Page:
February 20, 1919.
Appeal from Young County Court; W. P. Stinson, Judge.
Action by R. G. Hallam against W. Duckworth, in which the defendant impleaded the Gulf, Texas Western Railway Company. From a judgment for plaintiff, for less relief than demanded, plaintiff appeals; and from a judgment for defendant against the Railway Company, the Railway Company appeals. Judgment for plaintiff affirmed, and judgment for defendant against the Railway Company reversed, and rendered for the Company.
Ritchie Cousins, of Mineral Wells, Ben B. Cain, of Dallas, and Fred T. Arnold, of Graham, for appellants.
Marshall King, of Graham, for appellee.
Hallam sued Duckworth to recover the sum of $264 damages arising from breach of contract of sale. Duckworth impleaded the Gulf, Texas Western Railway Company, and sought judgment against it for any amount which might be recovered by Hallam. Upon trial before the court without a jury, Hallam recovered judgment for $54 against Duckworth. Duckworth recovered in like amount over against the Railway Company. Hallam and the Railway Company appeal. The appeal of Hallam will be first considered.
On October 9, 1916, Hallam purchased of Duckworth a carload of wheat, to contain not less than 600 bushels, to be delivered f. o. b. cars at Jean, Tex., a station on the line of said railway company. The agreed price was $1.56 per bushel. Duckworth failed wholly to deliver the wheat. In his pleading, Hallam alleged that the wheat was to be delivered within 10 days from October 9th, but upon the trial testified that it was for immediate shipment, which in their trade meant from 10 to 15 days.
The trial court found that the market price of wheat on October 9th was $1.56 per bushel, and 10 days thereafter the market price was 9 cents per bushel higher which entitled the plaintiff to recover the sum of $54.
Appellant Hallam presents only one assignment, as follows:
"The court below erred in permitting the witnesses Chas. Hinson and George Terrell to testify, over the objection of plaintiff, that there was a market for wheat at Graham, Tex., and at New Castle, Tex., on October 19, 20, 21, and 22, 1916, and that wheat of the character of that in controversy was worth on the market at those places and at that time the sum of $1.56 per bushel, because it was shown by said witnesses that there was no open market for wheat at said points, and because said wheat was not to be sold on the market at New Castle or at Graham, but was to be shipped to Ft. Worth and sold on the market at that place, and because said witnesses testified that they did not know what the market at Ft. Worth was on said dates, but estimated the same as being from 5 to 10 cents per bushel more than at Graham and New Castle, and because said testimony was speculative, irrelevant, and immaterial, and based on the presumption of the witnesses from their previous experiences, in buying wheat at Graham and New Castle and Ft. Worth."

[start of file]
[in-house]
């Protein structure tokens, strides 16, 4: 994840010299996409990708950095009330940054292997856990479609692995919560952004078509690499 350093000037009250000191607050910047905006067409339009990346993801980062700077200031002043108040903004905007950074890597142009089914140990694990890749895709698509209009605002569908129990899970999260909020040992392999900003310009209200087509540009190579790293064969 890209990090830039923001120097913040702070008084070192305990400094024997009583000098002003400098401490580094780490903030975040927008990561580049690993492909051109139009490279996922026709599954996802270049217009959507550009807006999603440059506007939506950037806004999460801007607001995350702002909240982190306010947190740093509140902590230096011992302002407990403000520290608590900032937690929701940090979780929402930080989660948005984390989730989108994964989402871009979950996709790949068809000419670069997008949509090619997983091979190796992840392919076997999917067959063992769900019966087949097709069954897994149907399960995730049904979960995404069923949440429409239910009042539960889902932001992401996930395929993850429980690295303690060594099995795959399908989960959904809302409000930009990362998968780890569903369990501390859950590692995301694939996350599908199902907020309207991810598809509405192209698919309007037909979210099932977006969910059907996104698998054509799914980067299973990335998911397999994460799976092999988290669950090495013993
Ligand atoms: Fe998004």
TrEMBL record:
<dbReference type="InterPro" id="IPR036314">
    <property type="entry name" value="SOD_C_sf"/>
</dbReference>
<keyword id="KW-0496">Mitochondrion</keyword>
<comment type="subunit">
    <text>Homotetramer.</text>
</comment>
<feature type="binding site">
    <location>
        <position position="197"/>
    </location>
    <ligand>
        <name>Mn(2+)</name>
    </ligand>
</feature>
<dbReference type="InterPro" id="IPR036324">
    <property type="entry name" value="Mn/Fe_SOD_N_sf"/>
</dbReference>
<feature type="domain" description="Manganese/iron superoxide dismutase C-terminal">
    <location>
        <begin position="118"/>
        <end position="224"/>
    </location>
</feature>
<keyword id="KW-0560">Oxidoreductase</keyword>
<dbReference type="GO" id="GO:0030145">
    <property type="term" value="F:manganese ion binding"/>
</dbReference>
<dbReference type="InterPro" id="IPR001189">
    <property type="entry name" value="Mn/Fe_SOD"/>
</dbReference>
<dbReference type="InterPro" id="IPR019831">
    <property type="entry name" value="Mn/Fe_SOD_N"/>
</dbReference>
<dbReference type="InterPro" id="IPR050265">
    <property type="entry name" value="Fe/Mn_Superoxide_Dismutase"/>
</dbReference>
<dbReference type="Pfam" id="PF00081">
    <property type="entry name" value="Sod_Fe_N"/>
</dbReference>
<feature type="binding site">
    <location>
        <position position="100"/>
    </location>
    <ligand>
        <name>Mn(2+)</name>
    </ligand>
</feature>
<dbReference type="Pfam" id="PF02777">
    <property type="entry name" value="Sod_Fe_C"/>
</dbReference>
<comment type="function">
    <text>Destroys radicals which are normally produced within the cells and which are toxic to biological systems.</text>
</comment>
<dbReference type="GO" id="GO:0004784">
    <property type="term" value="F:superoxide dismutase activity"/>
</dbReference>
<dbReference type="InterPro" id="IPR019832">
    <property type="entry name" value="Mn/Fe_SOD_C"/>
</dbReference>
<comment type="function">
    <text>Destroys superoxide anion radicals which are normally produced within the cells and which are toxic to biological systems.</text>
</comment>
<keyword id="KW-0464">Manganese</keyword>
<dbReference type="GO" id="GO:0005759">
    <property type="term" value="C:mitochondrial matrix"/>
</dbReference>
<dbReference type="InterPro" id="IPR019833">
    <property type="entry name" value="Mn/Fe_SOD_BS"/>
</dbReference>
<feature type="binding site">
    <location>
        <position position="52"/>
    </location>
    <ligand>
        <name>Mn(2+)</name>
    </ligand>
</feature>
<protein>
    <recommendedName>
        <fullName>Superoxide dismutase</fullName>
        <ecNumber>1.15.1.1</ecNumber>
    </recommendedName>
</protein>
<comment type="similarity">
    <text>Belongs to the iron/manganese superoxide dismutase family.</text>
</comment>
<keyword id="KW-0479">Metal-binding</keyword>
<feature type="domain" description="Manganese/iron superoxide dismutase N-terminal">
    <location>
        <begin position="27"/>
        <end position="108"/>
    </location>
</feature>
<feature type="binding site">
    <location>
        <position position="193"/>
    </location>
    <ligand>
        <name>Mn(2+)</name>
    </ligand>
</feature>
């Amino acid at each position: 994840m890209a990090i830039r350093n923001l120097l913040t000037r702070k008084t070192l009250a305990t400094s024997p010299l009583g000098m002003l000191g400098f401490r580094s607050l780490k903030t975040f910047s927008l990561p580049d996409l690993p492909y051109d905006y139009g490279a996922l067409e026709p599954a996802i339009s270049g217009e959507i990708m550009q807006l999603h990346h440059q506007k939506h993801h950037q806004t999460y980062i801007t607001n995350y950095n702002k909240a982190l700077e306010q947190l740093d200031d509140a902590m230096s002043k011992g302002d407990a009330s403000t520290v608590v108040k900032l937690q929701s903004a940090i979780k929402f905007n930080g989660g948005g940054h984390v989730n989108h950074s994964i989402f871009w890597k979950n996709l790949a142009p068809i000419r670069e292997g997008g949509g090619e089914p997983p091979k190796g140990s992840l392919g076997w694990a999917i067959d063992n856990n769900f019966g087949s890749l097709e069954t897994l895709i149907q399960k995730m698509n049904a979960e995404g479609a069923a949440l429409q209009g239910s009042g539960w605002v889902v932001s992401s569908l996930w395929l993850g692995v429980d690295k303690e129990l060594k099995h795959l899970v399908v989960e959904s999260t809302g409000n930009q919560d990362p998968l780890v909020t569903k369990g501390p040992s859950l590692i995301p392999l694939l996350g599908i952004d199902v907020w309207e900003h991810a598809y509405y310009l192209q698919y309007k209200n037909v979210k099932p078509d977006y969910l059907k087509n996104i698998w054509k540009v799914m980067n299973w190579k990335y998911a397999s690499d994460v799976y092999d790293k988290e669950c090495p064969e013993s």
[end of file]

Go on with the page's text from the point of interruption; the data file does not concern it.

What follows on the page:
The proper measure of damage in this case was the difference between the contract price and the market value of the wheat, f. o. b. cars at Jean, at the time the delivery was to be made. See cases cited, 15 Michie, Digest, 517.
This being the measure of damage, the evidence was inadmissible; but, since the case was tried before the court, its admission was harmless. In trials before the court the admission of improper evidence will not require reversal, where it clearly appears that it did not influence the judgment. See cases cited, 1 Michie, 813. It is quite apparent the evidence did not influence the judgment, for, if the court had taken the market value at Graham and New Castle as a basis of calculation, it would not have shown any damage.